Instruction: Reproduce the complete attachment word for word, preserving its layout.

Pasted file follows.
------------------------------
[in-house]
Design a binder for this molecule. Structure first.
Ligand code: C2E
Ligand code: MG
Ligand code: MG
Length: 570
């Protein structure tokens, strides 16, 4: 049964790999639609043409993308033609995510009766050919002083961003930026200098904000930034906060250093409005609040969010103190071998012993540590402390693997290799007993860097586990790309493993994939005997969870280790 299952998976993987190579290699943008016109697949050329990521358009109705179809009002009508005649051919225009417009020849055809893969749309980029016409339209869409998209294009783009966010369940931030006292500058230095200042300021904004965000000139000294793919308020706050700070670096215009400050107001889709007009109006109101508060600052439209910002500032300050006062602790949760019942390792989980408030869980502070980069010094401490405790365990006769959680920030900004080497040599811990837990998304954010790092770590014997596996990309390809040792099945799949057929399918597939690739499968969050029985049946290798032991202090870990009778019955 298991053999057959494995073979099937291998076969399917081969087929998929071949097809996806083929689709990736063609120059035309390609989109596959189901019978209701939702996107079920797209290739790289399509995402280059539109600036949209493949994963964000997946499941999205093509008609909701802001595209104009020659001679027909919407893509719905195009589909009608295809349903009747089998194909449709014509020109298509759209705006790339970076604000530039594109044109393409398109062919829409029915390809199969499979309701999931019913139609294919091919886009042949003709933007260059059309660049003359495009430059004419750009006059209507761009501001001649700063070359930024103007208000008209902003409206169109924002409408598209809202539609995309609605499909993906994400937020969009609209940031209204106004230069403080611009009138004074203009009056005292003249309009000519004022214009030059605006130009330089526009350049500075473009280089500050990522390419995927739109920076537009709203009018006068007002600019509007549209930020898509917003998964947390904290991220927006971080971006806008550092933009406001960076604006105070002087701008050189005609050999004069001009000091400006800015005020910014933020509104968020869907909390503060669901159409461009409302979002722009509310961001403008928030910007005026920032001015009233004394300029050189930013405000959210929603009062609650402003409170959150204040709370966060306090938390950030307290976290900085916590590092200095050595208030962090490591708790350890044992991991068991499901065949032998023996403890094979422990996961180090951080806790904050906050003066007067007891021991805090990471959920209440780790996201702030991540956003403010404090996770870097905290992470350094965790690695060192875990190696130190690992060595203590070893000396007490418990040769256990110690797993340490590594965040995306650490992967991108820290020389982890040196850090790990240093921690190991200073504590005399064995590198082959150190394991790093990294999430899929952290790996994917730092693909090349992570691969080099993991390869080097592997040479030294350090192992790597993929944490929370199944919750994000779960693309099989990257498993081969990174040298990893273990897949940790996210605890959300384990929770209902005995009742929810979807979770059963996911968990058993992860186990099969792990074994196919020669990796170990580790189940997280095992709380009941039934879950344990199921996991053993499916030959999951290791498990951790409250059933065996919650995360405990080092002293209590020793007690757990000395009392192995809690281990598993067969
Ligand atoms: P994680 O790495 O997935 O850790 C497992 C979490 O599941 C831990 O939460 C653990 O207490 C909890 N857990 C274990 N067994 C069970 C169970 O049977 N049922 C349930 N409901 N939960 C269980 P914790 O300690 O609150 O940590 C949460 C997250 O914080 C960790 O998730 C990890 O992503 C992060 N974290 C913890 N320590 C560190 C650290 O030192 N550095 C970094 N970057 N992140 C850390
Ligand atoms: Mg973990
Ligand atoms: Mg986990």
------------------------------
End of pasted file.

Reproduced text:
[in-house]
Design a binder for this molecule. Structure first.
Ligand code: C2E
Ligand code: MG
Ligand code: MG
Length: 570
């Protein structure tokens, strides 16, 4: 049964790999639609043409993308033609995510009766050919002083961003930026200098904000930034906060250093409005609040969010103190071998012993540590402390693997290799007993860097586990790309493993994939005997969870280790 299952998976993987190579290699943008016109697949050329990521358009109705179809009002009508005649051919225009417009020849055809893969749309980029016409339209869409998209294009783009966010369940931030006292500058230095200042300021904004965000000139000294793919308020706050700070670096215009400050107001889709007009109006109101508060600052439209910002500032300050006062602790949760019942390792989980408030869980502070980069010094401490405790365990006769959680920030900004080497040599811990837990998304954010790092770590014997596996990309390809040792099945799949057929399918597939690739499968969050029985049946290798032991202090870990009778019955 298991053999057959494995073979099937291998076969399917081969087929998929071949097809996806083929689709990736063609120059035309390609989109596959189901019978209701939702996107079920797209290739790289399509995402280059539109600036949209493949994963964000997946499941999205093509008609909701802001595209104009020659001679027909919407893509719905195009589909009608295809349903009747089998194909449709014509020109298509759209705006790339970076604000530039594109044109393409398109062919829409029915390809199969499979309701999931019913139609294919091919886009042949003709933007260059059309660049003359495009430059004419750009006059209507761009501001001649700063070359930024103007208000008209902003409206169109924002409408598209809202539609995309609605499909993906994400937020969009609209940031209204106004230069403080611009009138004074203009009056005292003249309009000519004022214009030059605006130009330089526009350049500075473009280089500050990522390419995927739109920076537009709203009018006068007002600019509007549209930020898509917003998964947390904290991220927006971080971006806008550092933009406001960076604006105070002087701008050189005609050999004069001009000091400006800015005020910014933020509104968020869907909390503060669901159409461009409302979002722009509310961001403008928030910007005026920032001015009233004394300029050189930013405000959210929603009062609650402003409170959150204040709370966060306090938390950030307290976290900085916590590092200095050595208030962090490591708790350890044992991991068991499901065949032998023996403890094979422990996961180090951080806790904050906050003066007067007891021991805090990471959920209440780790996201702030991540956003403010404090996770870097905290992470350094965790690695060192875990190696130190690992060595203590070893000396007490418990040769256990110690797993340490590594965040995306650490992967991108820290020389982890040196850090790990240093921690190991200073504590005399064995590198082959150190394991790093990294999430899929952290790996994917730092693909090349992570691969080099993991390869080097592997040479030294350090192992790597993929944490929370199944919750994000779960693309099989990257498993081969990174040298990893273990897949940790996210605890959300384990929770209902005995009742929810979807979770059963996911968990058993992860186990099969792990074994196919020669990796170990580790189940997280095992709380009941039934879950344990199921996991053993499916030959999951290791498990951790409250059933065996919650995360405990080092002293209590020793007690757990000395009392192995809690281990598993067969
Ligand atoms: P994680 O790495 O997935 O850790 C497992 C979490 O599941 C831990 O939460 C653990 O207490 C909890 N857990 C274990 N067994 C069970 C169970 O049977 N049922 C349930 N409901 N939960 C269980 P914790 O300690 O609150 O940590 C949460 C997250 O914080 C960790 O998730 C990890 O992503 C992060 N974290 C913890 N320590 C560190 C650290 O030192 N550095 C970094 N970057 N992140 C850390
Ligand atoms: Mg973990
Ligand atoms: Mg986990």